Assistant Editor’s Log
By Auburn Mann
As I wrap up this series called ADICE, I would first like to give another acknowledgement to my friend Oladipo Adedeji, for drawing my attention to the power they hold. The discipline exemplified through accountability, the beauty and strength of diversity, the character of integrity, the social politeness of civility.
Excellence is manifested in many ways through going above and beyond what is expected of you, as you raise the level of performance and expectation for yourself. According to Aristotle, “Excellence is an art won by training and habituation. We do not act rightly because of virtue of excellence, but rather have those because we have acted rightly. We are what we repeatedly do. Excellence, then, is not an act but a habit.” Thus, it’s not just a single action but an attitude; which essentially is an influence on your everyday reactions and behavior, and overall lifestyle.
Possessing the value of excellence, can be a tool for success, not solely through the academic aspect of our lives, inserting excellent study and work habits from the beginning to the end of the semester as we begin/and or continue to prepare for final exams, but also, professionally, in scholastic sports and extracurricular endeavors, at our homes or for some dormitories being good student residents, as well as people.
This multiplicity of excellence should be consistently exercised so we can be held responsible for it, therefore, reinforcing our commitment to it. It should be genuine, being that it should be from our own labor, not through an unfair and illegal advantage or by taking credit for someone else’s excellence.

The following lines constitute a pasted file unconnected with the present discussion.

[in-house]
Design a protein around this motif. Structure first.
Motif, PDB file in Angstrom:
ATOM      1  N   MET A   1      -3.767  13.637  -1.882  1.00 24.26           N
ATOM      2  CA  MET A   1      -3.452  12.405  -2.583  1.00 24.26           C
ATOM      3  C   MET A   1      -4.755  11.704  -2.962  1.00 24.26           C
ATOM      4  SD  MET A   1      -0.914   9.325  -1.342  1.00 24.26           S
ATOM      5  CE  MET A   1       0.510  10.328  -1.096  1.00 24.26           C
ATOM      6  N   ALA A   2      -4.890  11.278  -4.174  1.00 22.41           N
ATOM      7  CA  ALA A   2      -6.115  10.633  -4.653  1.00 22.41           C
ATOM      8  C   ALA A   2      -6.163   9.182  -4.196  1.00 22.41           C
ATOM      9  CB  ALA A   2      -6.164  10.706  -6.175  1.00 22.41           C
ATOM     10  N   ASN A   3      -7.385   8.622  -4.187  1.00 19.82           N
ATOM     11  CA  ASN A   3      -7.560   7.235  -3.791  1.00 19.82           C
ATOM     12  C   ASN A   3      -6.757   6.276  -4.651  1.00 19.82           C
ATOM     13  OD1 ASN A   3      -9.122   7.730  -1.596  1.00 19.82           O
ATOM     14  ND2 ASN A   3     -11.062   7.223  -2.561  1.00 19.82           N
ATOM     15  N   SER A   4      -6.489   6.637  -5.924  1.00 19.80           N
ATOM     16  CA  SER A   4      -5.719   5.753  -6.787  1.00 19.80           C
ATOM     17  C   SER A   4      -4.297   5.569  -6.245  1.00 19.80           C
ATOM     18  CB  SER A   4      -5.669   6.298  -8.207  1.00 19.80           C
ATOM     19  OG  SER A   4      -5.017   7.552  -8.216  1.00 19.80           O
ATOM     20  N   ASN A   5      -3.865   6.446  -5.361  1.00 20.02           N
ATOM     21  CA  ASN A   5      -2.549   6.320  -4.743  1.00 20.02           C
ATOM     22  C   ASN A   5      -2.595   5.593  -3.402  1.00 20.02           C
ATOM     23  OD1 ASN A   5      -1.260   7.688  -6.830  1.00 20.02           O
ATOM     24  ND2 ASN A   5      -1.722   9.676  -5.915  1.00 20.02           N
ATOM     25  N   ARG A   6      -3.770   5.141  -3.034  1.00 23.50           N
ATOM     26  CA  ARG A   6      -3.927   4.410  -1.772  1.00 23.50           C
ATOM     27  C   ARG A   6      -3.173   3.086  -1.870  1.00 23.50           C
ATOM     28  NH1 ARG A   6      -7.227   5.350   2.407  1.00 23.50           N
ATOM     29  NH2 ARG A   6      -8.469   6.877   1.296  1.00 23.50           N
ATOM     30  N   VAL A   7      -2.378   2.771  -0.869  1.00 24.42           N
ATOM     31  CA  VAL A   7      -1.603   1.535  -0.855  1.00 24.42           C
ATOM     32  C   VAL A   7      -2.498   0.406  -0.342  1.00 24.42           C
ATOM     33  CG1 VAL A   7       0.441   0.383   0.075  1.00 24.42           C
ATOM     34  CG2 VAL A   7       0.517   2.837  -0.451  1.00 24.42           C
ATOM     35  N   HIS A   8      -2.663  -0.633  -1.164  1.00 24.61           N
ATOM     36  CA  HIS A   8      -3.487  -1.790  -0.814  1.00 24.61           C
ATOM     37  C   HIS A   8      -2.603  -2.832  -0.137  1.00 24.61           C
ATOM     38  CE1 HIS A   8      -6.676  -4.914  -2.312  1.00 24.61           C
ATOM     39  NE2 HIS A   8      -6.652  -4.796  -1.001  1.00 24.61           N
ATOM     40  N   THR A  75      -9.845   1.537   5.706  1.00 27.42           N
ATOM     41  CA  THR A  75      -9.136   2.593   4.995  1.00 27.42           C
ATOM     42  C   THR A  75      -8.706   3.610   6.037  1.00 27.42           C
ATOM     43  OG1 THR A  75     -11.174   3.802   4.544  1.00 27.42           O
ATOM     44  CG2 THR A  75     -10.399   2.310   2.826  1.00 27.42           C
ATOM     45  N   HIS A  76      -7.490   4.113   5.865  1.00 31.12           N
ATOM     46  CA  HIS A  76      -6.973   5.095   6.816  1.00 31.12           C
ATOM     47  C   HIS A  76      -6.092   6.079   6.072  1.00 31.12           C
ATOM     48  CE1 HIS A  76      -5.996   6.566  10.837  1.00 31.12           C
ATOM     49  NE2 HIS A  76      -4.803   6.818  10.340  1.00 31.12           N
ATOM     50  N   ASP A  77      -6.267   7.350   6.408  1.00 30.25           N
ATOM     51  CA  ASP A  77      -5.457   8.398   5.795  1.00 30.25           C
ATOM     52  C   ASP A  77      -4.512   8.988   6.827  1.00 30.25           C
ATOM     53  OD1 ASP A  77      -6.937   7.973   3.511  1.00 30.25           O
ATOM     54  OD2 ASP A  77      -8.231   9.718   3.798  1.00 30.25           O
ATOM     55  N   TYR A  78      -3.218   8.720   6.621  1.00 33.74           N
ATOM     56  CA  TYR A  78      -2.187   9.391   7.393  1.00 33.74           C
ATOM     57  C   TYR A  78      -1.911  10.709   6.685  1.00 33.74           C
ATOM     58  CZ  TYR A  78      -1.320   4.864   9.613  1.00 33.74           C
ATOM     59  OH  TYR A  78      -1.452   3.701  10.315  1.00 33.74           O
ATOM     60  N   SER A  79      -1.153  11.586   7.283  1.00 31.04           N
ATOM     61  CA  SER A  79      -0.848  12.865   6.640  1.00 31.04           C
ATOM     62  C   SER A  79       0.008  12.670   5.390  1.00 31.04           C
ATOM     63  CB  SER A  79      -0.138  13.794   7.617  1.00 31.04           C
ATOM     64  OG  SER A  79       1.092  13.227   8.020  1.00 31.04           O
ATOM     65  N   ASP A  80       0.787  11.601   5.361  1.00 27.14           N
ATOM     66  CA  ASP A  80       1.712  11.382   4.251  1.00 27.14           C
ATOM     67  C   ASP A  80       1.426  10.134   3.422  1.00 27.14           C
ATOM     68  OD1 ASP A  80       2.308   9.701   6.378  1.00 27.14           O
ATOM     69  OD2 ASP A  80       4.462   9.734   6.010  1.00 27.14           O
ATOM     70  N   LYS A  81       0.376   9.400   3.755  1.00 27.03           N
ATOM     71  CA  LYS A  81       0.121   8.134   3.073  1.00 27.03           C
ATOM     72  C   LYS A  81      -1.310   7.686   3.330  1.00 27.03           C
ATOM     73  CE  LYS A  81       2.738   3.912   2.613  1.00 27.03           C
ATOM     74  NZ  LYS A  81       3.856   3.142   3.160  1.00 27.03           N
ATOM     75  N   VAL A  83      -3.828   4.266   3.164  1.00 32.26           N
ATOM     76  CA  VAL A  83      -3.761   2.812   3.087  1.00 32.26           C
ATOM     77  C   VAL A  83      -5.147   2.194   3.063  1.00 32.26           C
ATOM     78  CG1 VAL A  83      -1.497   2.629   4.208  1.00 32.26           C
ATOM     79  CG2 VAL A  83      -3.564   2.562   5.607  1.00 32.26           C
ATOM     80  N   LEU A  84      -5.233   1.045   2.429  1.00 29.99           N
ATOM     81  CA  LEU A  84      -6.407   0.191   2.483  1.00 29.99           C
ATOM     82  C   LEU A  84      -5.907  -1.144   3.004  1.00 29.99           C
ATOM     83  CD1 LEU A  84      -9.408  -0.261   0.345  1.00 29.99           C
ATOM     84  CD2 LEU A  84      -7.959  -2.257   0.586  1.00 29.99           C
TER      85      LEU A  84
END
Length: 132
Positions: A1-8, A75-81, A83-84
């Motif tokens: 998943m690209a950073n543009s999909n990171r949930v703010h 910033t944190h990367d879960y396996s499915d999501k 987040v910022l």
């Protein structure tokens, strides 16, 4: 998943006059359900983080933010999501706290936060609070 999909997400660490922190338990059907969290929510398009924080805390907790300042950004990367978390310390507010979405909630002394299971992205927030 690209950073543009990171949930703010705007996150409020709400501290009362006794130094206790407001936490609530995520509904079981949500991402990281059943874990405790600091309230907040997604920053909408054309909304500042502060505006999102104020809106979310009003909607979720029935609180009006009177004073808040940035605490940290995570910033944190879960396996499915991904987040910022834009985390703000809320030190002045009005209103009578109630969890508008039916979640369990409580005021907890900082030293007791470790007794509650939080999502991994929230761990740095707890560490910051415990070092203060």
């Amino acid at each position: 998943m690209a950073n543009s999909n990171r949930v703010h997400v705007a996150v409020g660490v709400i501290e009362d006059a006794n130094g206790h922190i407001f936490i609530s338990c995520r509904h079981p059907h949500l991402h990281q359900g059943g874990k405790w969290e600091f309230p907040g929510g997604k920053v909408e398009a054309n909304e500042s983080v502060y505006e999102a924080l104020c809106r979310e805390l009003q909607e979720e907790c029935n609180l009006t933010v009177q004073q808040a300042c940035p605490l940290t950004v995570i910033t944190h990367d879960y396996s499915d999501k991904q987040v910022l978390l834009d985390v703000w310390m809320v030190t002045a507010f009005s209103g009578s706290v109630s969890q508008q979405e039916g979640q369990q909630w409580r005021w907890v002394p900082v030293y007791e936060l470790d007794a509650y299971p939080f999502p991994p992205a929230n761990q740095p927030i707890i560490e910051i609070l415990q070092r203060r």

In addition, it should be the type of excellence that acts in accordance with the social standards of making it functional within the realm of society’s needs. Just as our excellence should be accountable, diverse, filled with integrity, and civility, vice versa, we can also use this value of excellence as a certain standard that will motivate and enable us as a university to want to be excellent in our accountability, diversity, integrity, civility, and by applying this standard to everything, it can allow us to be excellent at being excellent.
I hope this assessment of our core values have served you as much as they have benefited me in my growth as a student and person. President Burnim was wise in putting these core values together, permitting them to provide as an ideological basis for achieving success, since all five are great values to construct our attitudes around. We should all try to incorporate these into our daily lives as much as we can.
As Aristotle said, any attitude must be habituated through continuous practice and application until it becomes second nature. The university’s core values should not be taken as five words in black or yellow that we pass by during our time here at Bowie State. Let’s continue to embrace these values as we make a positive impression on the larger community.